As a member of the bubbling commercial drone space, I am very enthusiastic about the possibilities of drones being integrated into the construction industry. There are several reasons why drones work in the construction space, and I plan to outline them in limited detail on this blog post. There are four major reasons drones are beneficial in the construction industry and I have coined them “The Big Four”. Drones save money, reduce risk, save time and provide unparalleled utility for firms that choose to utilize them. Incorporating drones is an immediate way for constructors to separate their firm from their competitors.
Drones save money for the constructors and their stakeholders who choose to incorporate them into their processes in a number of ways. The most prevalent example of this is when drones replace helicopters for the constructor’s photographic documentation of progress on a project. A constructor can utilize drones for the gathering of this media for less than the cost of fuel for a helicopter. Capital not going to the helicopter companies equates to more capital in your pocket at the end of the quarter.
Time is one of the most valuable commodities on a job site. Drones save time in a number of unique ways. Performing commercial operations is no walk in the park, but it is still a simpler and less time consuming process than calling out the helicopters. Per our many clients in the construction industry, drones get to your site faster and drone service providers generally deliver the media significantly faster than their helicopter counterparts. Monitoring of sites over a long period of time allows for better management of the site, saving time also.
Drones are incredible tools that help to reduce risk in the construction space in a number of ways. Utilizing drones to consistently monitor a job site is a relatively inexpensive experience. With a pair of eyes in the sky at all times, a site can easily check for obstructions, hazards, OSHA violations and much more in effectively no time. Drones can provide 360 degree coverage of an average job site in under fifteen minutes. The on site safety manager can easily view the media in real time. Media gathered from the drone can then easily be saved and stored for more detailed review of the job site.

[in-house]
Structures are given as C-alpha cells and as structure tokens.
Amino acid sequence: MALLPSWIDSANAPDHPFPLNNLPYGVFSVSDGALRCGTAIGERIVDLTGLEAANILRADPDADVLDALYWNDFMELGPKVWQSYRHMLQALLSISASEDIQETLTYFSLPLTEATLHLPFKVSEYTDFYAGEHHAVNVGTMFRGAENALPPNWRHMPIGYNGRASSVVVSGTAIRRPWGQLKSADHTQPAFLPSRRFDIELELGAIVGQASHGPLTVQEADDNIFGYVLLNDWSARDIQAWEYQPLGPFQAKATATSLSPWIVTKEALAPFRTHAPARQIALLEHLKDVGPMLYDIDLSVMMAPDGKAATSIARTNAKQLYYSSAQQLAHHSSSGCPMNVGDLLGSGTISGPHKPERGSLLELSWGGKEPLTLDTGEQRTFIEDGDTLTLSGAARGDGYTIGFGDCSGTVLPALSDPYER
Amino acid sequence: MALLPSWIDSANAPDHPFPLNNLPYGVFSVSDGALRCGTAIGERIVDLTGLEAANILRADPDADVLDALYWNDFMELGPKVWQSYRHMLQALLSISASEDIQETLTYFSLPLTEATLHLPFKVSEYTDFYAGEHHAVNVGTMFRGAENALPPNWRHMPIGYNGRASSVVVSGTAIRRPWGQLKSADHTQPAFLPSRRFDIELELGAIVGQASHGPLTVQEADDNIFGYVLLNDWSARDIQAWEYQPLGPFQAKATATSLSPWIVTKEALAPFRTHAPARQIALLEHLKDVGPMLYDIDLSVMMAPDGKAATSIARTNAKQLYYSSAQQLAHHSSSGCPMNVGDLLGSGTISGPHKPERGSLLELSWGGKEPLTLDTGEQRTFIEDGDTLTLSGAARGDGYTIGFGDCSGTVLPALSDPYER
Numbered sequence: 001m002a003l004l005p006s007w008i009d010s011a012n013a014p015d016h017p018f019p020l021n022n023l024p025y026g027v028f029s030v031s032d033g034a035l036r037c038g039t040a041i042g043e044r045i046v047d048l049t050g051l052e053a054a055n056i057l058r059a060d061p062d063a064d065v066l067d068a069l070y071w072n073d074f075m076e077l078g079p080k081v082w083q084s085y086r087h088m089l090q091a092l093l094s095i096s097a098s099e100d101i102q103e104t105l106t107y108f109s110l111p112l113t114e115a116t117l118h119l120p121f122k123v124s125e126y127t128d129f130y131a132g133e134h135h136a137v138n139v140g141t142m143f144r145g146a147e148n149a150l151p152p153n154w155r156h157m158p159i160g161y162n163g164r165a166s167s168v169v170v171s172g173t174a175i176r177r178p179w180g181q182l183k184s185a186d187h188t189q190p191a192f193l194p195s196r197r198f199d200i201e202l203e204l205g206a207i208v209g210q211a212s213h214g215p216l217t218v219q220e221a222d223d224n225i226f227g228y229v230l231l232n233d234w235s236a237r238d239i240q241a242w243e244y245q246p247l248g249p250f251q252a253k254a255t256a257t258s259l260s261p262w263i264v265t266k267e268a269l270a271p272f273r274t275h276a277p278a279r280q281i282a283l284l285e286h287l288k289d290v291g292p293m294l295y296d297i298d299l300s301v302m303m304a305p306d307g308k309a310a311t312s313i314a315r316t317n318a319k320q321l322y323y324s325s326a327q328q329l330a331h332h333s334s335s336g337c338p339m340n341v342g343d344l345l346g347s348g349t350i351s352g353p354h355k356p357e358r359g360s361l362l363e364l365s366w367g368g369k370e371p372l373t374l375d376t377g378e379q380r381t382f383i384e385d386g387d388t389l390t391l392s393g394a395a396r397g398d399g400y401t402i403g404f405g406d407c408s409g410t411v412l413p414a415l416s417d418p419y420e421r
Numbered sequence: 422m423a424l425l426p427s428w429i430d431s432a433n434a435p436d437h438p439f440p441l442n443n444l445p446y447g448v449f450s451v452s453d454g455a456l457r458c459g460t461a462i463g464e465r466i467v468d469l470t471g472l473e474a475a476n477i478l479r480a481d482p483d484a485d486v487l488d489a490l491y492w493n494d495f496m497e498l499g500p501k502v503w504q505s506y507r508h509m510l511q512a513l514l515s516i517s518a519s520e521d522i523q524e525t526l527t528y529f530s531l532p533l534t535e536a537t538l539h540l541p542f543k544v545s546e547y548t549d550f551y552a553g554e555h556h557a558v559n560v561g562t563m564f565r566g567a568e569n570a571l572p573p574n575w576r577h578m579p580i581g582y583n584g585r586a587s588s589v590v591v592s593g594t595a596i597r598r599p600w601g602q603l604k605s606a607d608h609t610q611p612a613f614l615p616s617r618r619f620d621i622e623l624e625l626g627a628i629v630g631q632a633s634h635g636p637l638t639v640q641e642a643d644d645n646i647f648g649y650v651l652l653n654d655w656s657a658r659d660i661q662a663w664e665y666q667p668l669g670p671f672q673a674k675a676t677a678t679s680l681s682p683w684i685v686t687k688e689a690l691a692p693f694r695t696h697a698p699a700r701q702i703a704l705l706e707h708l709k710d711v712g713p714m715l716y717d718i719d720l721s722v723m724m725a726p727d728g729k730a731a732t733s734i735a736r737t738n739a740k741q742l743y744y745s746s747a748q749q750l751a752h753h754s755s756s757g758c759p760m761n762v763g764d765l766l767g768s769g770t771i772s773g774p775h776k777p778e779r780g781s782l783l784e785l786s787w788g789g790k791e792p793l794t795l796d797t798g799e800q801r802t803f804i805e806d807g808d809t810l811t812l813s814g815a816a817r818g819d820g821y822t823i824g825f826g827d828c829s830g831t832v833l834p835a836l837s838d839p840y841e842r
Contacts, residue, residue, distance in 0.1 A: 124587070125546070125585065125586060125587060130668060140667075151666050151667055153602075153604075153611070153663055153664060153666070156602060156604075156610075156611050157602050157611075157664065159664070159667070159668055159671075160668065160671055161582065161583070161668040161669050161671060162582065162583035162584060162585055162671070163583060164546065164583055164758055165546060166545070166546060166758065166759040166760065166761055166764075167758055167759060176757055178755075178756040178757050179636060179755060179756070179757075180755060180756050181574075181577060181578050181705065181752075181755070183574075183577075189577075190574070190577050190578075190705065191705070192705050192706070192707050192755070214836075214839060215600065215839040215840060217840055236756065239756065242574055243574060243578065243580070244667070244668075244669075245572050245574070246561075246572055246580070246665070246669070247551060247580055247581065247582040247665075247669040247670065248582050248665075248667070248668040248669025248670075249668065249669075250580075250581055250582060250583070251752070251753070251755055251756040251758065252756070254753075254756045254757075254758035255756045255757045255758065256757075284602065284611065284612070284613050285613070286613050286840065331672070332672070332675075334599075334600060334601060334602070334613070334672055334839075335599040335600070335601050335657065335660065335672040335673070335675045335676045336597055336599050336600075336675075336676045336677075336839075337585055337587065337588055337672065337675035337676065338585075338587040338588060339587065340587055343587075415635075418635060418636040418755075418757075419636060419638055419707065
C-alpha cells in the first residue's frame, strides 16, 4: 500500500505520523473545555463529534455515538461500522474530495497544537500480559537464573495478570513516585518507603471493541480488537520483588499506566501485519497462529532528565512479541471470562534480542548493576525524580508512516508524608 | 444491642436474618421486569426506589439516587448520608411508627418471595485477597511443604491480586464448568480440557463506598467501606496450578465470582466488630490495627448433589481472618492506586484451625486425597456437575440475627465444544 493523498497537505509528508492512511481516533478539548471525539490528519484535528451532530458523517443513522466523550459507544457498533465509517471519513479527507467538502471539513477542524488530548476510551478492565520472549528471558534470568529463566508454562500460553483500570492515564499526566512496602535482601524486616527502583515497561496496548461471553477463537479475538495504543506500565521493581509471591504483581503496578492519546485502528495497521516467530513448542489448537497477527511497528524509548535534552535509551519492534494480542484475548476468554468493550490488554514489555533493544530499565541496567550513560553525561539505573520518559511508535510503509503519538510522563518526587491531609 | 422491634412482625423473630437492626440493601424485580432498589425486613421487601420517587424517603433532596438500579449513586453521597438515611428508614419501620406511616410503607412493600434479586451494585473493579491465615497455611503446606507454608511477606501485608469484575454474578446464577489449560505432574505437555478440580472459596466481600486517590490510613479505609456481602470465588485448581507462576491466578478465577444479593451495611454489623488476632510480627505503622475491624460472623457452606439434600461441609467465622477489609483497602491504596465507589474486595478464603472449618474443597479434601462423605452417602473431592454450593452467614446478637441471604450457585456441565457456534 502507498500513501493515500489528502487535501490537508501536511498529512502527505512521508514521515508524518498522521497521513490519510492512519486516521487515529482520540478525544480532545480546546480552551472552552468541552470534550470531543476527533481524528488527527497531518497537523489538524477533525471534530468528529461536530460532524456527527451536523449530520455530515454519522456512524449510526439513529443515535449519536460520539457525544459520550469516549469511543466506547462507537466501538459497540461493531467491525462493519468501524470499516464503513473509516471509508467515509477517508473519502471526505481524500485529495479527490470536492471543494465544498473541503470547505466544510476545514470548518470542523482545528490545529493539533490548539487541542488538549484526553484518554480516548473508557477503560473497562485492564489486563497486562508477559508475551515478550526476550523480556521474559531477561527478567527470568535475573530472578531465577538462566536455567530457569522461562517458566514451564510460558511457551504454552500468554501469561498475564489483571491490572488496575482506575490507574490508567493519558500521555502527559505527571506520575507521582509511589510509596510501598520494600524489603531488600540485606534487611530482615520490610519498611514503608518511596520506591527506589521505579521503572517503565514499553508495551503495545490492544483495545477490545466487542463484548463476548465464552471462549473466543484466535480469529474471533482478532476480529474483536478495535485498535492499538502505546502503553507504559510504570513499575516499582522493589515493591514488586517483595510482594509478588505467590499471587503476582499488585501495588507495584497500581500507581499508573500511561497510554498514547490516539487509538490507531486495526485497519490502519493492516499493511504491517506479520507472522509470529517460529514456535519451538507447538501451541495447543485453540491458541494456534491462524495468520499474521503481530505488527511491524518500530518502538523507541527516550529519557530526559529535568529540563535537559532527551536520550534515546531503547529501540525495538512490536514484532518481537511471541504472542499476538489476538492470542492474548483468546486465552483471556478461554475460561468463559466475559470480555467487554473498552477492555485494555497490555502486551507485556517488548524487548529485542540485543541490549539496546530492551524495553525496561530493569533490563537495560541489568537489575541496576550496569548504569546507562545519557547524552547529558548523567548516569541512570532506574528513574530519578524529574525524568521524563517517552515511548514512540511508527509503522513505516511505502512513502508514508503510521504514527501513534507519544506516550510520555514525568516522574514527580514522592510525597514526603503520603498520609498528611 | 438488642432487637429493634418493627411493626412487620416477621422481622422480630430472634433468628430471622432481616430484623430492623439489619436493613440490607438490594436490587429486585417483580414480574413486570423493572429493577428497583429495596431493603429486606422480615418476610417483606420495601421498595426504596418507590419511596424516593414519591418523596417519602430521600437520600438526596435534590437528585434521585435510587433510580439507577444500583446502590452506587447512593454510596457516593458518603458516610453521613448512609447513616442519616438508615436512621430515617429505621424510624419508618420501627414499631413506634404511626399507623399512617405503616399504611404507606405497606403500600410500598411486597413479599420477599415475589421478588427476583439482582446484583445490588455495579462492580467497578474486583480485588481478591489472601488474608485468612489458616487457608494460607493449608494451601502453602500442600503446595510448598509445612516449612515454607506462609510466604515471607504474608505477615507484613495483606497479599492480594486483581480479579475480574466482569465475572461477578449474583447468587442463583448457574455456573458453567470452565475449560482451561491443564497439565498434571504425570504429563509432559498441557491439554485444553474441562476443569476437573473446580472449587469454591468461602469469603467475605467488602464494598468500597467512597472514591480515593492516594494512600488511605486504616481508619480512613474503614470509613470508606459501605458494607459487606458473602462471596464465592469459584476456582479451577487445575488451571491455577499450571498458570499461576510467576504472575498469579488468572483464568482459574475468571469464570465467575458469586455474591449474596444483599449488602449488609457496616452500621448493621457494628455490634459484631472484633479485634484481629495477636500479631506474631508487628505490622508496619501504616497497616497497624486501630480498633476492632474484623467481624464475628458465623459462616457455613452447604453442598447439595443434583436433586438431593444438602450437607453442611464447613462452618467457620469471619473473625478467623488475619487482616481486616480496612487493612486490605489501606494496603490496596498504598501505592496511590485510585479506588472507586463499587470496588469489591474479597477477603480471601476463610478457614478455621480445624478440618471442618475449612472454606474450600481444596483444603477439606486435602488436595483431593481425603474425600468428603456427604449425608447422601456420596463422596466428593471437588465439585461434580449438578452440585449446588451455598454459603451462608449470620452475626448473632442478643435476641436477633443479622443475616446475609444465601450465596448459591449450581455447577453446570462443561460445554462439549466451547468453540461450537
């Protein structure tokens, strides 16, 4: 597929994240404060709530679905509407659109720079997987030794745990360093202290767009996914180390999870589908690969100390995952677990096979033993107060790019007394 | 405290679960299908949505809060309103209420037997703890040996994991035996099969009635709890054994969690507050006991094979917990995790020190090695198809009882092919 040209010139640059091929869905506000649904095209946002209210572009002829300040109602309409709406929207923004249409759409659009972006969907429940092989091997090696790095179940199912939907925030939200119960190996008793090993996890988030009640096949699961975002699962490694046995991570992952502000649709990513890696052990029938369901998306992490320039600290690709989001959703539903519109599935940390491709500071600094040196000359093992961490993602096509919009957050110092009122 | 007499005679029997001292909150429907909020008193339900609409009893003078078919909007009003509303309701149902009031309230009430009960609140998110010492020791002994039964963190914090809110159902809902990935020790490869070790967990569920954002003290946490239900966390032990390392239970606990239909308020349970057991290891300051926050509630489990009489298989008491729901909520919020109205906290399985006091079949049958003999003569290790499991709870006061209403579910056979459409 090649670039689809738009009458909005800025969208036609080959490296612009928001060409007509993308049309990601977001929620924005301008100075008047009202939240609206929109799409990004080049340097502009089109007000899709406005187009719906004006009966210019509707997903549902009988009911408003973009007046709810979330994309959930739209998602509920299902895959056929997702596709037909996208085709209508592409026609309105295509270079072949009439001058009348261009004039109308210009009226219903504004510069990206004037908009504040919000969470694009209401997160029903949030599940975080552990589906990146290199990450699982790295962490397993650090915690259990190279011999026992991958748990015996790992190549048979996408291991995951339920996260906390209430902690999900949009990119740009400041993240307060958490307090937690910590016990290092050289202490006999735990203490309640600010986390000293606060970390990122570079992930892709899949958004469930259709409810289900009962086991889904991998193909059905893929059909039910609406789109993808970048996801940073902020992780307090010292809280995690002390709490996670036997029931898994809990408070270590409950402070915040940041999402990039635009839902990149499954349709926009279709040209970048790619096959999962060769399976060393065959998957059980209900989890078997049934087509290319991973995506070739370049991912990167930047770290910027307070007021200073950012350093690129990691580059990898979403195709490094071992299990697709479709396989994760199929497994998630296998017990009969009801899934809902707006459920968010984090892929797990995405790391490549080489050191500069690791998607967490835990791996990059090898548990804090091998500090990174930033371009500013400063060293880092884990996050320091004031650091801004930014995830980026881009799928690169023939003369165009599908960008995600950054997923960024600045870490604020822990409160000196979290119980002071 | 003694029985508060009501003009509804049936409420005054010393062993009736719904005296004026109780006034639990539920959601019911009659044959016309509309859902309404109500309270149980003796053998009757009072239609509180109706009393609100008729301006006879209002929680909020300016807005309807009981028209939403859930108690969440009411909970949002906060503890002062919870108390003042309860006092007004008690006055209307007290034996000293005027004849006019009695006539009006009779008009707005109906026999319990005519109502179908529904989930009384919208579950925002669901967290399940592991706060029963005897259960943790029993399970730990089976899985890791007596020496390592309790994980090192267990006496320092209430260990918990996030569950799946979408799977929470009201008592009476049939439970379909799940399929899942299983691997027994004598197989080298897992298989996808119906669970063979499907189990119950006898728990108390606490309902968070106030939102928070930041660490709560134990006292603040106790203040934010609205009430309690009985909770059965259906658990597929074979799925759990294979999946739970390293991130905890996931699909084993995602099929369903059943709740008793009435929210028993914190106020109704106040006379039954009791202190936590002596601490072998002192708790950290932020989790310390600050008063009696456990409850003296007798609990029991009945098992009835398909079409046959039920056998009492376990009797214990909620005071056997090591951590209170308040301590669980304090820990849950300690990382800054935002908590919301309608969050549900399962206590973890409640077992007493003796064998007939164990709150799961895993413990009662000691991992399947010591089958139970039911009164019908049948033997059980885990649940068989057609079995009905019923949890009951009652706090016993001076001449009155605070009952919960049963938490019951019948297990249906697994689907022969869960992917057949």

One of the most exciting things to cover in this blog is all of the additional utility that drones can provide. Drones provide a level of additional utility unmatched by any other single tool on the job site. A unique application of drones in the construction industry is the production of 3D orthomosaic maps of job sites. These maps provide unique utility in a number of ways. The maps we have produced have been used to calculate volumetric measurements for the purpose of keeping easily indexable information and records of the progress of excavators on large job sites. These maps have also been used to determine slope and angles on the fly at the end of the day. 3D orthomosaic maps also allow engineers to add changes to their models and to run new scenarios to evaluate potential new ways to positively affect profitability and increase efficiency on the job site. All of these things add up to one very, very powerful tool for constructors to add to their repertoire.
Drones are also capable of gathering exceptional and unique media for the purpose of marketing for your firm. From simple pictures for your website to professionally produced and individually tailored marketing videos, drones provide a one of a kind double edged approach. Every functional operation can also serve as a mission to gather powerful media that can be used across the board for a number of purposes within a construction firm. I am yet to find another tool that provides this much utility.
In conclusion, drones are the hottest new tool to be taken advantage of by the seemingly always booming construction industry. Drones help constructors and their stakeholders save time, save money, reduce risk and provide unparalleled utility. I am very excited to see what evolves out of the blossoming symbiotic relationship between the construction industry and the commercial drone industry. Onward and upward.